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Impact of Childhood Games

2011 March 26
by Hélène Martin

Every Monday at lunch, a group of girls get together in my room to discuss various computing-related topics.  Appropriately, we call it the ‘Girls’ Technology Discussion Group.’  We have a mailing list and every week, someone different sends out an article or question to discuss.  We’ve covered a broad range of ideas in the last few months from Egypt’s Internet shutdown to the power of Kickstarter for funding new ideas to the effect of ubiquitous digital media on teenagers’ attention span.  I always learn a lot from talking with the group and I look forward to our meetings every week.

Last week, one of the girls shared an article on Cubelets, a set of sensor and output blocks that when put together form simple robots.  We talked about several interesting things — academic ideas becoming products, other interactive digital toys like Siftables and the effect of toys on kids who play with them.  The girl who brought in the article mentioned that she thought having access to this sort of toy as a kid might have given her an earlier interest in computing and technology pursuits.  We went into a conversation about toys and games we enjoyed as kids and it was interesting to see what we shared.  All of us enjoyed playing with building games like K’Nex or Legos and we could all remember specific puzzle-type games that had fascinated us.  One of the girls, a star programmer who was surprised by her ability and interest in CS, remembered a game-making program kind of like Scratch that she used as a kid — somehow she had forgotten about that experience until then.

We wondered about how long something like Cubelets would be entertaining for.  How many different configurations are there?  Is this something that would be a long-lasting toy or a novelty that is quickly discarded?  This led us to talking about highly structured versus open-ended play.  One girl who is very interested in mechanical pursuits mentioned that though she enjoyed Legos a lot as a kid, she never wanted to mix up the different kits’ parts and wanted to follow the instructions in the little booklets exactly.  She wondered whether this reluctance then affects her design abilities now. To this day, I have Legos neurotically organized in bins by kit origin, and I also wonder why I was so obsessive about following instructions and didn’t make many designs of my own.  Did that affect the way I operate now?

I wrote a while ago about some of the non-programming experiences that primed me for interest and success in computer science but I don’t think I went far back enough in my childhood or thought broadly enough about activities that may have affected me.  I’m sure there’s a lot of research on the impact of childhood play on later pursuits but it was a fascinating conversation to have with young women I know and have great respect for.  I’m looking forward to Monday’s discussion!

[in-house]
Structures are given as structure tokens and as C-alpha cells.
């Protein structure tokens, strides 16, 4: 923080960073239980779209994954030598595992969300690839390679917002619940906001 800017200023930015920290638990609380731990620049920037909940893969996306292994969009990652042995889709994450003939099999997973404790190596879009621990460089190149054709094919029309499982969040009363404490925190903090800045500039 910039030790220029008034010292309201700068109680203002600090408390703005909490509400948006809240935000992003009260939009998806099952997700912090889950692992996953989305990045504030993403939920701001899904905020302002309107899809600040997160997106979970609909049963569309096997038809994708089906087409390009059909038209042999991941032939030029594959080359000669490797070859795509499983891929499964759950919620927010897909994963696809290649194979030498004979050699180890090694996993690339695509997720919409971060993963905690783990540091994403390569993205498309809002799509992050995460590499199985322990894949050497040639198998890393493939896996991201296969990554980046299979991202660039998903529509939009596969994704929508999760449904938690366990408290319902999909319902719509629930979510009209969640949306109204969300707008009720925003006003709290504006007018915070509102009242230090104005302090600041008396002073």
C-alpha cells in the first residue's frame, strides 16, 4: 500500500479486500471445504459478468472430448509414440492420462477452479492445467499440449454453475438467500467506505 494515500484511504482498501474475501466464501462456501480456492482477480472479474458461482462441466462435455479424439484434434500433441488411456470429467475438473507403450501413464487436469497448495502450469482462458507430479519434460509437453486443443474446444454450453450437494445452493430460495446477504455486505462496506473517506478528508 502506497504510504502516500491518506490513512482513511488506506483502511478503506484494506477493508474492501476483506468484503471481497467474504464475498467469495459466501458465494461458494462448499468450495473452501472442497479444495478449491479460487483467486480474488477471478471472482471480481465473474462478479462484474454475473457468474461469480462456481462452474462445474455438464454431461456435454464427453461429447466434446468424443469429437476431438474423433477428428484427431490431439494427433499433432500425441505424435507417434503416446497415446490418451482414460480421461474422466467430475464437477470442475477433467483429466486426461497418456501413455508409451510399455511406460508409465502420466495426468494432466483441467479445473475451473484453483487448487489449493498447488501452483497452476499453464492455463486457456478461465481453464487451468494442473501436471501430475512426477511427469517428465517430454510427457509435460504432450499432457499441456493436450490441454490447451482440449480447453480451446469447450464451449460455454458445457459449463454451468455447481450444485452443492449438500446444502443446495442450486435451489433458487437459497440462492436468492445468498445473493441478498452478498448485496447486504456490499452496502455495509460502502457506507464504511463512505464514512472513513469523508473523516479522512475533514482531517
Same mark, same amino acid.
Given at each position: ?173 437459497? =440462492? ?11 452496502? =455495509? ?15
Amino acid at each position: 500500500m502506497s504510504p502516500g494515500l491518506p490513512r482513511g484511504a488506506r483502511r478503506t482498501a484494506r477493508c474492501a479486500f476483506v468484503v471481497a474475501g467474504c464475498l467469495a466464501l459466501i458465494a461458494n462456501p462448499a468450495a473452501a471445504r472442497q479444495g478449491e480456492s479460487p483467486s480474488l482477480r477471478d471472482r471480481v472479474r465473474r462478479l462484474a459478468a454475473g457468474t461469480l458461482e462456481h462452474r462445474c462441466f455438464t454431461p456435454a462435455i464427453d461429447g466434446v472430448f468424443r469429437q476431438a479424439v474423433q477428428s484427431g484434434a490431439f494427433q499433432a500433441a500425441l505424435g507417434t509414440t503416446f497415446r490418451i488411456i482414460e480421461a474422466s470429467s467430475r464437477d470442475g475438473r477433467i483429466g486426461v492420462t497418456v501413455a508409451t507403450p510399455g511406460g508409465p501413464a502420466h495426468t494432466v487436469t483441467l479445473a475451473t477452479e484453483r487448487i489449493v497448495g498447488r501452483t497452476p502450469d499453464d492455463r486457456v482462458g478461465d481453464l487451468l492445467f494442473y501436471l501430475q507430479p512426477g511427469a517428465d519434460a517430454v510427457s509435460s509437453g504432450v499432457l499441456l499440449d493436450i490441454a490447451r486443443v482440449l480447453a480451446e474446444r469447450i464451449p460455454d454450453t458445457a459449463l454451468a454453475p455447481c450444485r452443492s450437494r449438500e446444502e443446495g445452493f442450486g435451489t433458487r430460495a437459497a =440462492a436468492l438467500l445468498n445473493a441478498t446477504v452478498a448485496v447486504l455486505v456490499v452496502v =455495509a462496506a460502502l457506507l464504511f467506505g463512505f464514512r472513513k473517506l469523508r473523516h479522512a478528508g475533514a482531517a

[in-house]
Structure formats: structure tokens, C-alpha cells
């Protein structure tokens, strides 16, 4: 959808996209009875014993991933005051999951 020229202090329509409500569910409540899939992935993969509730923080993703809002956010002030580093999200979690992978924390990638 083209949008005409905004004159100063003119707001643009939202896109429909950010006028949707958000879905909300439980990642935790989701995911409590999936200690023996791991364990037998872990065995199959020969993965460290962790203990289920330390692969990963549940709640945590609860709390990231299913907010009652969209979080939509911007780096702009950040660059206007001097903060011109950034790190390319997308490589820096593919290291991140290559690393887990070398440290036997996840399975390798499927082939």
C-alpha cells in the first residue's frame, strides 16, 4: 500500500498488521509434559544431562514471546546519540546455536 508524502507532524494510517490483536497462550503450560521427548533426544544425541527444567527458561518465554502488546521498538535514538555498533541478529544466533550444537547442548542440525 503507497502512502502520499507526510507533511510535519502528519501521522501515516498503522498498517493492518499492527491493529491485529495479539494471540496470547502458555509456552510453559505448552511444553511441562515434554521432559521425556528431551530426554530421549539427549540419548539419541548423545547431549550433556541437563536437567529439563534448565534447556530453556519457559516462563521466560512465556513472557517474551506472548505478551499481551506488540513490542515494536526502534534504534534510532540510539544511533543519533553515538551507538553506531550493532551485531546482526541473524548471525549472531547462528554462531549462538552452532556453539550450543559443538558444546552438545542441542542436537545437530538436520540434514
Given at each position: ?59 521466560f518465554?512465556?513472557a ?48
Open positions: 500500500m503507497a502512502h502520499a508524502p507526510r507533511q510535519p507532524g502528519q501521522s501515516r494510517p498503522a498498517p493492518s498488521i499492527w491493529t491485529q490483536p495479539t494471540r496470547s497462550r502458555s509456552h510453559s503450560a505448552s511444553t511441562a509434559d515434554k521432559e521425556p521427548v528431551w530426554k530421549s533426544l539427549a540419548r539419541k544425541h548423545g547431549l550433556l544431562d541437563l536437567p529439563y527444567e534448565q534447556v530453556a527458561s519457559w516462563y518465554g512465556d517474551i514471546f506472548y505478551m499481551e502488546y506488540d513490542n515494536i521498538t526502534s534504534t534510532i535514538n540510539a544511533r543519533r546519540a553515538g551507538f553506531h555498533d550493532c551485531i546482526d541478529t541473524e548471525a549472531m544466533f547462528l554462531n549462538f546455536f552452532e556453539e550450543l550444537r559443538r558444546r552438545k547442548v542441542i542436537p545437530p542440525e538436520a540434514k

7 Responses leave one →
  1. Jim permalink
    March 26, 2011

    First of all, I think this discussion group is a great thing. Second, reading this makes me happy that I know you for so many reasons. Third, hi. Fourth, this list of items is way too long to be so short.

  2. March 26, 2011

    What a wonderful idea this discussion group is. I wish more people ran groups like this with their students. Informal learning like this is, as you show, educational for all involved.

    • Hélène Martin permalink*
      March 26, 2011

      Thanks — it’s truly a highlight of my week! I recommend it to all.

  3. March 27, 2011

    I agree with the comment above. You are awesome.

  4. susan permalink
    March 30, 2011

    Yes, I too organized all of my legos and loved following the steps. Recently, I have had the opportunity to teach engineering using NXT robotics to students in grades 3-6 and it wasn’t until then that I needed to come up with my own designs and needed to figure out all the different reasons to use a different part. It took me much longer than I would have thought to fight through my normal following instructions methodology. It is also usually really frustrating for the majority of my students at first to build without steps. They are so used to their teachers telling them exactly what to do and when to do it. We try to give as much building time as possible with no steps to follow; just a goal to build a robot that performs a certain action. There is a hump that students have to get over to work this way and for our program giving them lots of time to work it all out has really helped. Though, I fear that this is not really an option in more traditional settings.

    Also, I too love the idea of these informal discussions you have going with your students!

    • Hélène Martin permalink*
      March 30, 2011

      I’m so glad your students get the opportunity to figure out building for themselves! That’s a terrific experience for them to have.

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